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In the first instance, Estella has been shaped into the harsh insensitive girl that Miss Haversham has made her to be. Miss Haversham takes this girl into her home (by way of Mr. Jaggers' arrangements, as revealed near the end of the novel). Miss Haversham is a very bitter old woman, jilted in her youth, who sits in the rotting filth of her many years of isolation. She has lost all hope of believing in the power of love again, so she torments the girl into becoming a tool to break hearts on her behalf.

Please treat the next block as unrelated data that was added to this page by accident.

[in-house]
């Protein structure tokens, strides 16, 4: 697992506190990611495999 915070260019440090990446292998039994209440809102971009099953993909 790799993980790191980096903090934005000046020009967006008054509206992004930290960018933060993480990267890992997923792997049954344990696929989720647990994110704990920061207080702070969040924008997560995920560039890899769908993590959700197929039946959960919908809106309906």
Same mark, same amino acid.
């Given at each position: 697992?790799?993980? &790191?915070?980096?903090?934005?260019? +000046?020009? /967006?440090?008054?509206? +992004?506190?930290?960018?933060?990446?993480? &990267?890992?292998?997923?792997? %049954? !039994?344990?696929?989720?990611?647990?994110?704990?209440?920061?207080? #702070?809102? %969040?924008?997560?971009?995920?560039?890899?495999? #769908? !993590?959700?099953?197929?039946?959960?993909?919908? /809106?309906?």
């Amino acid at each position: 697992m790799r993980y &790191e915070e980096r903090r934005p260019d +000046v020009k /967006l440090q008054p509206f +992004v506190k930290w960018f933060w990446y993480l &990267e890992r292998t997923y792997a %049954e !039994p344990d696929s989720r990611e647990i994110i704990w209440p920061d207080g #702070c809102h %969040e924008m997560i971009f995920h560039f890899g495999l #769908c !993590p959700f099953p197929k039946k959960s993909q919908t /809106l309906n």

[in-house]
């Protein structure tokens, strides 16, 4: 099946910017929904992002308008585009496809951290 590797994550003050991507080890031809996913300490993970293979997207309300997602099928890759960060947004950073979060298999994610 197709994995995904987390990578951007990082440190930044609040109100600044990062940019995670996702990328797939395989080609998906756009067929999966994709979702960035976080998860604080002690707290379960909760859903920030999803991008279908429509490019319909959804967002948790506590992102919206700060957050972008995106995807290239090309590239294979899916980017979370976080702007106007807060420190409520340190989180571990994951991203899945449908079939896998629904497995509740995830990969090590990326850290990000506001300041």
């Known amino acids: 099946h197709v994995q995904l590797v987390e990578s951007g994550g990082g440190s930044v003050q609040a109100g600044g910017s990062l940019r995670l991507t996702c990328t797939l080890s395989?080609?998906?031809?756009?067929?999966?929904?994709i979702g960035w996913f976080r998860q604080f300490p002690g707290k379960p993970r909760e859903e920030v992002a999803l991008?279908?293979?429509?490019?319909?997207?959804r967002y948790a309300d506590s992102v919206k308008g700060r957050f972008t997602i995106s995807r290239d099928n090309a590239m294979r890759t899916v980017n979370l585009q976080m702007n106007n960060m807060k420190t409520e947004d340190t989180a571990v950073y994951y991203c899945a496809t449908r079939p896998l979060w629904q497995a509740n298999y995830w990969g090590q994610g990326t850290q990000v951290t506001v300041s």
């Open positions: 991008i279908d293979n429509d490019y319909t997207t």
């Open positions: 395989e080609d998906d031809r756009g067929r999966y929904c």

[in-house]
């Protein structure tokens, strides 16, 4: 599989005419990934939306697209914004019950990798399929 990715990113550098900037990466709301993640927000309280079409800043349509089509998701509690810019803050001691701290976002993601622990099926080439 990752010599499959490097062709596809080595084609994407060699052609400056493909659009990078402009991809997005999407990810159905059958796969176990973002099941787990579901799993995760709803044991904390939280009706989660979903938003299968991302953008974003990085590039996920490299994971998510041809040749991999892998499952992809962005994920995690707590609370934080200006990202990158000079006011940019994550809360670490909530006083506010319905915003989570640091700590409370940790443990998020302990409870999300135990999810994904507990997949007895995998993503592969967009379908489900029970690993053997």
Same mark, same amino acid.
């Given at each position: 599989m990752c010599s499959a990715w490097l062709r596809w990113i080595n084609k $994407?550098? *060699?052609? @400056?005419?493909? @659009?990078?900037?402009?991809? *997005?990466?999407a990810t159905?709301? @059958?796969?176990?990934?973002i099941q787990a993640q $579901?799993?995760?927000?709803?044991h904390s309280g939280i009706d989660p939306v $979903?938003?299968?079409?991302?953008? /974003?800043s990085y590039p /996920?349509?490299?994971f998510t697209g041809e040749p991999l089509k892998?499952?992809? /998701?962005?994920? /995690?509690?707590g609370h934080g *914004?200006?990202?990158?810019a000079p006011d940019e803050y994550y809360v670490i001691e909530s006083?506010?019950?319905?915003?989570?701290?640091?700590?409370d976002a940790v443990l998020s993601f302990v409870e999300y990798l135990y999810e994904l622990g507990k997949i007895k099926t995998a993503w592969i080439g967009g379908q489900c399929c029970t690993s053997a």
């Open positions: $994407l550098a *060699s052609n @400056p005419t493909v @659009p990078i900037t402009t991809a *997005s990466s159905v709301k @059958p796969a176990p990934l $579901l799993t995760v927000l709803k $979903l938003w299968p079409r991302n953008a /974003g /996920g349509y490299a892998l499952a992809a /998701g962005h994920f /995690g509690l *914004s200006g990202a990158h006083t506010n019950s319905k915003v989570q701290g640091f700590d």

When Pip comes onto the scene, Estella is promenaded in front of the boy to aggravate him into tears. In flitting moments, one can see a few glimmers of a kind heart in Estella, confirmed in the latter part of the novel; however, she is churlish, condescending, overbearing, humiliating, insulting, and otherwise a hideous girl due almost entirely to Miss Haversham's will to crush men, even such a one as young Pip.
Finally, she is well educated, very beautiful, and ultimately dutiful to her destiny.
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